Jun Wang, assistant director of the Iowa Technology Institute, was named the principal investigator for two NASA grants worth $1.56 million.
NASA’s TEMPO mission, set to launch this year, is intended to revolutionize air quality forecasting. TEMPO, which stands for Tropospheric Emissions: Monitoring Pollution, is a space-based ultraviolet and visible spectrometer scheduled to be launched into space aboard a commercial satellite — after nearly ten years of planning — before the year is over.
Mr. Wang and other University of Iowa researchers will use data collected from TEMPO to improve algorithms for measuring aerosol optical centroid height (AOCH) and aerosol optical depth (AOD). The information would benefit regional air quality monitoring and support public health management in smoky conditions, according to a press release.
“Previously, what we could get from space is the AOD that shows the total amount of aerosol mass from the surface all the way to the top of the atmosphere,” Wang said. “However, what matters most is the amount of aerosols in the air we breathe at the surface. AOCH data will be used to provide aerosol vertical distribution information, which will help us to map air quality.”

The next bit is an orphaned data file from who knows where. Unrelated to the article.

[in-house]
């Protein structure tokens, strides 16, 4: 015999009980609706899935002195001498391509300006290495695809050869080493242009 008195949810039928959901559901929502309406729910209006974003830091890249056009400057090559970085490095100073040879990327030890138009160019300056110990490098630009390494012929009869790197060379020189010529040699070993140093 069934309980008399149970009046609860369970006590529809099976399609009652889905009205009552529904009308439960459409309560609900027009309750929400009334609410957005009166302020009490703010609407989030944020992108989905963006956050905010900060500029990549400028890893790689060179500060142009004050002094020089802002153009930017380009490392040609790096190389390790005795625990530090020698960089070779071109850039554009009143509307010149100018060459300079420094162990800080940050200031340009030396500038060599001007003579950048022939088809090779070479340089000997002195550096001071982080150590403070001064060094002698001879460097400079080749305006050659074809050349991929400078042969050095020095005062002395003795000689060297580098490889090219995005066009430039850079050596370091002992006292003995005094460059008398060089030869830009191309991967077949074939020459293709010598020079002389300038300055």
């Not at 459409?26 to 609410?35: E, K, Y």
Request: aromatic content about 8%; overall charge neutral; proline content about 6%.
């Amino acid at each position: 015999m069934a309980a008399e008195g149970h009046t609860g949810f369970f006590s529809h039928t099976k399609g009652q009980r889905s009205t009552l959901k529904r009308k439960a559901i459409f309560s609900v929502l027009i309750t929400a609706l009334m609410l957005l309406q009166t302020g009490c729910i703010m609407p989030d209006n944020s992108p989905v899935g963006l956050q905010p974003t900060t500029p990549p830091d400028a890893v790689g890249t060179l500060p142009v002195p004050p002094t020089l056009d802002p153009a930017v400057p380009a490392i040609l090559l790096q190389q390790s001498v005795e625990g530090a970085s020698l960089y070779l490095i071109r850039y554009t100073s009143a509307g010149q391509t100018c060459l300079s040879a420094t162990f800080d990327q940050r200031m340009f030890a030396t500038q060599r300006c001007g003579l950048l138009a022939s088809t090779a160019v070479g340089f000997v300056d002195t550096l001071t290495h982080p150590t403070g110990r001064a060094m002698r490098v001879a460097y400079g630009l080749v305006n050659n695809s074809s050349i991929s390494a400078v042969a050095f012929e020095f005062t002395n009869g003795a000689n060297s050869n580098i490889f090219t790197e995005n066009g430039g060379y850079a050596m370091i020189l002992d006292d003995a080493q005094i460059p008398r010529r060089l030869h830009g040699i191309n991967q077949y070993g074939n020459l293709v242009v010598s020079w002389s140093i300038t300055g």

According to NASA, TEMPO will be the first space-based instrument to monitor major air pollutants across North America every daylight hour at high spectral resolution. TEMPO will monitor daily variations in ozone, nitrogen dioxide and other key elements of air pollution.
Of the $1.56 million tied to the grants, NASA is sponsoring $1.1 million by providing an interactive online mapping system to provide decision support for collaborators on air quality forecast and public health management. NASA is also supporting a $460,000 grant to develop an aerosol height product from the Earth Polychromatic Imaging Camera (EPIC) onboard the Deep Space Climate Observatory (DISCOVR) spacecraft, which is 1 million miles away from Earth.